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Xiaotong Han, Changfan Wu, Xixi Yan, Xianwen Shang, Jian Zhang, Lei Zhang, Mingguang He; Physical activity and cataract treated surgically in diabetic patients: Findings from the 45 and up study. Invest. Ophthalmol. Vis. Sci. 2018;59(9):4792. doi: https://doi.org/.
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to investigate the association between physical activity (PA) and cataract surgery among diabetic patients.
We obtained data from all subjects aged 45-65 years old with self-reported diabetes from the baseline of the population-based 45 and Up Cohort Study, and linked it to the Medicare Benefits Schedule (MBS) and Pharmaceutical Benefits Scheme (PBS) till 2016. A detailed questionnaire survey was conducted at baseline during 2006-2009, including participants’ demographic, socioeconomic and lifestyle characteristics. Diabetes status was determined from response to question “Has a doctor ever told you that you have diabetes”, or use of diabetic medications according to PBS. Cataract surgery was determined according to MBS. The metabolic equivalent intensity level number of PA sessions per week was used to assess PA. Cox regression was used to assess the association between PA and cataract surgery.
A total of 9113 eligible participants were included in the current analysis with a mean age of 57.3±5.2 years (43.6% female). During a mean follow-up of 8.8 years, 950 participants (10.4% of baseline) received cataract surgery with a corresponding incidence of 12.4/1000 person-years. Cox regression analysis showed that people with less PA (P=0.01), older age (P<0.001), female gender (P<0.001), higher educational level (P<0.001), longer diabetic duration (P<0.001), and taking insulin (P<0.001) had significantly higher cataract surgery risk during the follow-up. Participants with a PA level of ≥14 sessions per week had 19% decreased risk of cataract surgery compared to those with <5 sessions. In addition, stratification analysis showed that a PA level of ≥14 sessions per week was significantly associated with a lower cataract surgery risk in participants with obesity (Hazard ratio [HR], 0.74; 95% confidence interval [CI], 0.56-0.98), hypertension (HR, 0.76; 95%CI, 0.60-0.97), not taking insulin (HR, 0.75; 95%CI, 0.61-0.93) and without cardiovascular disease (HR, 0.69; 95%CI, 0.55-0.86).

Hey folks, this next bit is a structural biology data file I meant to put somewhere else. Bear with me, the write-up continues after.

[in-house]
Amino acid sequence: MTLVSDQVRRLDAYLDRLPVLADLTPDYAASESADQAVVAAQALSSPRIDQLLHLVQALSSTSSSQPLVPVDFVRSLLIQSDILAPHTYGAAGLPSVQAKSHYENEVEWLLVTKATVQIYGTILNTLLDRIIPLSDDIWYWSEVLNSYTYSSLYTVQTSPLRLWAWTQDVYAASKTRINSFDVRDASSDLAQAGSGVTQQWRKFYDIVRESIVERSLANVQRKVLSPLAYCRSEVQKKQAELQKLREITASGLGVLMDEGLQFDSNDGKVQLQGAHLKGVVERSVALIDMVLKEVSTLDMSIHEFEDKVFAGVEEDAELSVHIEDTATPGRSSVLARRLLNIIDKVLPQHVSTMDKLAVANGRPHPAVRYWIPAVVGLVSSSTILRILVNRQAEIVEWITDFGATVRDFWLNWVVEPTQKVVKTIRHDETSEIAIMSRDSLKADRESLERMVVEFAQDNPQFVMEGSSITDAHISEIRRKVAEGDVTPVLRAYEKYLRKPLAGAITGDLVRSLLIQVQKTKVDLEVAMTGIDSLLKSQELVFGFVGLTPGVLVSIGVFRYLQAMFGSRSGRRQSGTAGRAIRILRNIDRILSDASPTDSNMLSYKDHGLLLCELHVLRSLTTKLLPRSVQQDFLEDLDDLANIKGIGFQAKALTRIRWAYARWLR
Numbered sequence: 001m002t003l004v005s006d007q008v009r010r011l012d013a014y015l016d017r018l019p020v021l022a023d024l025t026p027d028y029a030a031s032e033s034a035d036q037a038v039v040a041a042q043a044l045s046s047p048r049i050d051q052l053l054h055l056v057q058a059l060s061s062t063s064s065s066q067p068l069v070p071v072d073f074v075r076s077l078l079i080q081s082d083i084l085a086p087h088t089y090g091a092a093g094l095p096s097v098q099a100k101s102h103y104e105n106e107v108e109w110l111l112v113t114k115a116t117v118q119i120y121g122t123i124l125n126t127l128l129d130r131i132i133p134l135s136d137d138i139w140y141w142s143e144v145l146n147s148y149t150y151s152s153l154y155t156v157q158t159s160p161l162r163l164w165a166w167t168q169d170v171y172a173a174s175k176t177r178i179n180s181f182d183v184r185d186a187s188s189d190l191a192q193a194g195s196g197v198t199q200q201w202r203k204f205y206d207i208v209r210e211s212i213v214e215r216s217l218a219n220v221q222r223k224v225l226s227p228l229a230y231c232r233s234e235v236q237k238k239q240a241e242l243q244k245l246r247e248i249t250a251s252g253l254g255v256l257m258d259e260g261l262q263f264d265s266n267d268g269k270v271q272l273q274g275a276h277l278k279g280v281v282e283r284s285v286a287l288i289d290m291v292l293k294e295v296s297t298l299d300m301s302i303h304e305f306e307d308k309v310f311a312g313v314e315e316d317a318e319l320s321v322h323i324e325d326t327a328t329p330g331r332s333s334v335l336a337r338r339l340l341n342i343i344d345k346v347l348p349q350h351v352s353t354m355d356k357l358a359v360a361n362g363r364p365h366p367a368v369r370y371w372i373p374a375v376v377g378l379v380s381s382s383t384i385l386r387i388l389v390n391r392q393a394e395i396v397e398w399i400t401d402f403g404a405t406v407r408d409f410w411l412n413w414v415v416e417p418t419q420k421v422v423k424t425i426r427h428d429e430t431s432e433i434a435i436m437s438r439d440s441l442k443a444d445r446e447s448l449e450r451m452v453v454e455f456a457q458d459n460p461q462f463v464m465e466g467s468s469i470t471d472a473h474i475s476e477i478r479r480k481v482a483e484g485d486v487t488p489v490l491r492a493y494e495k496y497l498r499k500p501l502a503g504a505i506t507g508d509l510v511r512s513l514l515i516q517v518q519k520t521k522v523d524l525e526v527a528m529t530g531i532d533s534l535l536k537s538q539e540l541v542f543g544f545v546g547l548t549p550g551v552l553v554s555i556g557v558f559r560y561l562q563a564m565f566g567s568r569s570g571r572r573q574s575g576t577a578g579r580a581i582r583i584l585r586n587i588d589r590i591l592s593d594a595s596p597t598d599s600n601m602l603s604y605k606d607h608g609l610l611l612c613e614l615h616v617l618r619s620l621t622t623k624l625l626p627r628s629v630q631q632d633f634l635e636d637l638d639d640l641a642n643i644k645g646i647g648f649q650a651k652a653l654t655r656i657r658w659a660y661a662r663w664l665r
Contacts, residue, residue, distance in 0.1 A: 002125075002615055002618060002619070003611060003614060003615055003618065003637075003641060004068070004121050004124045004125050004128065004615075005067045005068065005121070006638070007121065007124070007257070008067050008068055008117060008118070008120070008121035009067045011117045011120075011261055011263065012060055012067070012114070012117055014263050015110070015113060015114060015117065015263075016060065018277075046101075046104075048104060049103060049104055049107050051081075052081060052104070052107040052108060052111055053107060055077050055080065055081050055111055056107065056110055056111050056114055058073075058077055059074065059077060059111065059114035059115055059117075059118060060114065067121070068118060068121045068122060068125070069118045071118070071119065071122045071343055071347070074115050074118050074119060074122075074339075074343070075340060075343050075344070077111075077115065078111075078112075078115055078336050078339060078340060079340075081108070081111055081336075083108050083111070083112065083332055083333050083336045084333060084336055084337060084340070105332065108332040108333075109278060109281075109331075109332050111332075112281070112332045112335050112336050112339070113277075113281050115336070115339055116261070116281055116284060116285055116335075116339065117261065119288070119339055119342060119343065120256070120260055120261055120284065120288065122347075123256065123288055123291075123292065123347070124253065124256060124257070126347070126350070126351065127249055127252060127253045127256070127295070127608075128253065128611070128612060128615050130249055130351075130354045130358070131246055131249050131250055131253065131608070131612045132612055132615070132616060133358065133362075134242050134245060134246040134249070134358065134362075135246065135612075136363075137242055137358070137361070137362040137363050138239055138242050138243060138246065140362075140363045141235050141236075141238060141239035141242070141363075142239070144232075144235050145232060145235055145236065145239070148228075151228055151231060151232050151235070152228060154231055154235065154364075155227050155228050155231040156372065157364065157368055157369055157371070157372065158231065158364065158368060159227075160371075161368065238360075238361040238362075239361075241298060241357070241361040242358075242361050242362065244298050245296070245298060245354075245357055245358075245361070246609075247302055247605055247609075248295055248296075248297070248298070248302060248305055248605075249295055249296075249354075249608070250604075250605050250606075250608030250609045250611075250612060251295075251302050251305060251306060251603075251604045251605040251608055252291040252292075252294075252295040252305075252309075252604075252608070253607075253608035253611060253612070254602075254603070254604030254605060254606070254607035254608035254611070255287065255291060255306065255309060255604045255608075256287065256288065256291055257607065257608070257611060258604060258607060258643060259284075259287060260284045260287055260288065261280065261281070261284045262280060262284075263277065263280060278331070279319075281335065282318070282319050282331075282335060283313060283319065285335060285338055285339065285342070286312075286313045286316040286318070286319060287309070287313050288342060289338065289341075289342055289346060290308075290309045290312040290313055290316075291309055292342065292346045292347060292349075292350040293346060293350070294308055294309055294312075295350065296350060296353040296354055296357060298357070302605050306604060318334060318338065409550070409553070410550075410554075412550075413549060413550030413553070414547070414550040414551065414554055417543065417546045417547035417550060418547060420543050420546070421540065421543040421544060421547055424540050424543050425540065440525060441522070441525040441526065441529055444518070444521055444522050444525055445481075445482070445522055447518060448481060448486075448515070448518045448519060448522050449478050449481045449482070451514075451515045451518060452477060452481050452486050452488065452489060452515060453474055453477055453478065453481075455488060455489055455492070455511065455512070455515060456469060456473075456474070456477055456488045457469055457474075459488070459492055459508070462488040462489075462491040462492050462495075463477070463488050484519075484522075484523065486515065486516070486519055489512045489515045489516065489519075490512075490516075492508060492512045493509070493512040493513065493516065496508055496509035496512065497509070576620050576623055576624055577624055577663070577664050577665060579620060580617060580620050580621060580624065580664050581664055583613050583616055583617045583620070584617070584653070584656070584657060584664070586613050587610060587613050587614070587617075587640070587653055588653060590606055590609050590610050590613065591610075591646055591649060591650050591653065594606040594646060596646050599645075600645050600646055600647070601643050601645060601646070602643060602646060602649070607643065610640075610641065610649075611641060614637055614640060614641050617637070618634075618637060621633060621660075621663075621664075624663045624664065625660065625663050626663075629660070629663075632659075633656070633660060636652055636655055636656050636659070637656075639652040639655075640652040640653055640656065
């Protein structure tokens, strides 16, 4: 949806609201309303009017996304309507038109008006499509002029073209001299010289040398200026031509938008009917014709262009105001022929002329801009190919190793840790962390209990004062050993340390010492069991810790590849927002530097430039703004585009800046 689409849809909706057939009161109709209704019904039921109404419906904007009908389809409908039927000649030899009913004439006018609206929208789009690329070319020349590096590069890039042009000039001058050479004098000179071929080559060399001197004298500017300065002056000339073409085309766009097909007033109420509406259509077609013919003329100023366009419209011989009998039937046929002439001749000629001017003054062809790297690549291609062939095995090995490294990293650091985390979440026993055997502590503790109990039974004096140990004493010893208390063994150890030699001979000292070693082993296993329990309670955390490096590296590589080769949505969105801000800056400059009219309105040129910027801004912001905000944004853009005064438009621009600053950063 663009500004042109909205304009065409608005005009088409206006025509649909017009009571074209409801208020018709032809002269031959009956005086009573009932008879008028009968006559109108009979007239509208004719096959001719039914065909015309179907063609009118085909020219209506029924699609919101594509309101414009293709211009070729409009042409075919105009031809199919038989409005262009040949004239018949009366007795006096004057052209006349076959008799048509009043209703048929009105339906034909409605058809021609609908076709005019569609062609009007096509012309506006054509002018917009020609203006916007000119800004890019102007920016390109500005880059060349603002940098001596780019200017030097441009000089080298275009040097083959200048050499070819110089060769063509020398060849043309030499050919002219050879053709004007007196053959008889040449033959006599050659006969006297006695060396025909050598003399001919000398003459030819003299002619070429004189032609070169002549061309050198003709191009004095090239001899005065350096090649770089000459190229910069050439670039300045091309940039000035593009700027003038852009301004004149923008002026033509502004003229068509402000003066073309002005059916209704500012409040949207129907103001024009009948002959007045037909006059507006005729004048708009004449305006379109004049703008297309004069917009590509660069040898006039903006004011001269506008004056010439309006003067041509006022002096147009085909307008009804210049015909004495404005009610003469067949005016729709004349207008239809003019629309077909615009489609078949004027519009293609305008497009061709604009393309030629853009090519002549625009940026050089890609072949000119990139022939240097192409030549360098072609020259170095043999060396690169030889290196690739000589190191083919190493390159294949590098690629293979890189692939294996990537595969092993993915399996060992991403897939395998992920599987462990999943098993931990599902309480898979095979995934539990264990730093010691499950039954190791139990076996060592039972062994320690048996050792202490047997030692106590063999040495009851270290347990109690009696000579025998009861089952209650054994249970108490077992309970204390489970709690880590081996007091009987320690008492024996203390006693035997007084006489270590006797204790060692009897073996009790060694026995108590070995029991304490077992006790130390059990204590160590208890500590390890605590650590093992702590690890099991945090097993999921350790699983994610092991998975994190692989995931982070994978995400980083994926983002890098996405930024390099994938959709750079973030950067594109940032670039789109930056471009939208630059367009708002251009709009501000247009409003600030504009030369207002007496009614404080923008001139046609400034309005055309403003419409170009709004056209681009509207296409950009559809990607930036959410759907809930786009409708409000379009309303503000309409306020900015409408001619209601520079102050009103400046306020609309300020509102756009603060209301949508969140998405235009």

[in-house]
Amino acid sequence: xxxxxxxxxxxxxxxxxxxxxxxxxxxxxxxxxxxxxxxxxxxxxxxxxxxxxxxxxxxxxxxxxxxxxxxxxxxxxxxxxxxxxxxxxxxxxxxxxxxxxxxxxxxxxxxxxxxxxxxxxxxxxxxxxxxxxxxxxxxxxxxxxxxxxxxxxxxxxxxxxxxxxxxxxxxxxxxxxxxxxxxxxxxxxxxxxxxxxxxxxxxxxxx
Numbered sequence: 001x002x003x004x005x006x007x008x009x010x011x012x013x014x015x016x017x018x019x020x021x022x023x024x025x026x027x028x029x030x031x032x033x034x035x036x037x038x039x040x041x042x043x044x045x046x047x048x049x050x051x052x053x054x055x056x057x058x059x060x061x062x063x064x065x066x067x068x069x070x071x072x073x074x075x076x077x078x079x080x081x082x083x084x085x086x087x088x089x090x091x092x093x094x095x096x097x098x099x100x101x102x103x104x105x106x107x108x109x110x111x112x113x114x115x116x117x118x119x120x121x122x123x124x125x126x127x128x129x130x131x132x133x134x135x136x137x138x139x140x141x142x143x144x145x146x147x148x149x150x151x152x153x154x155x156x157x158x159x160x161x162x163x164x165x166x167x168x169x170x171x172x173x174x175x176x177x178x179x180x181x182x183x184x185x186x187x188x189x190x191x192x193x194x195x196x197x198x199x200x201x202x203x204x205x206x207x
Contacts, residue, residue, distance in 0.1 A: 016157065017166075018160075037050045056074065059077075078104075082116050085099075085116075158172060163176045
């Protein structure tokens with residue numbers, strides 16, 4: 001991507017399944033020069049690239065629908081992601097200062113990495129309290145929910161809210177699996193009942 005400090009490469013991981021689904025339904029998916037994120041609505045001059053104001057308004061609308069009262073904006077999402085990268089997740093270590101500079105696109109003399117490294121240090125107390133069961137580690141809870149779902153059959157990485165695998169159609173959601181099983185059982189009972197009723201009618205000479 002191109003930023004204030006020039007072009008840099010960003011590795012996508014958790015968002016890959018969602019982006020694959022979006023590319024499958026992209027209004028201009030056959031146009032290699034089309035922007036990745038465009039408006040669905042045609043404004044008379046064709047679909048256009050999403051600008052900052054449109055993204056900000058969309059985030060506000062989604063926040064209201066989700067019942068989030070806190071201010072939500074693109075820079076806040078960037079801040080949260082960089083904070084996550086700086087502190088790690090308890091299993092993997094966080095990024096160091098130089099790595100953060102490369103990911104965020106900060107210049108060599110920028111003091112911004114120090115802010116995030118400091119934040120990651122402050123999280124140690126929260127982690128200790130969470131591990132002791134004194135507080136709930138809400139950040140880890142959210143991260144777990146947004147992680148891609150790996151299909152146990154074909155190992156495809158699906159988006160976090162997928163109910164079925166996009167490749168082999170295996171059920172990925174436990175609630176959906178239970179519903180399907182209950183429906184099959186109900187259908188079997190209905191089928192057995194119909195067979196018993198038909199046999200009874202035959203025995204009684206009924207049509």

More vigorous PA was independently associated with a reduced risk of cataract surgery in working-aged diabetic participants, especially for those with obesity and hypertension, not taking insulin and without cardiovascular disease. Findings of our study suggest that maintaining a routine high PA level should be considered in the health care plan for people with diabetes.
This is an abstract that was submitted for the 2018 ARVO Annual Meeting, held in Honolulu, Hawaii, April 29 - May 3, 2018.
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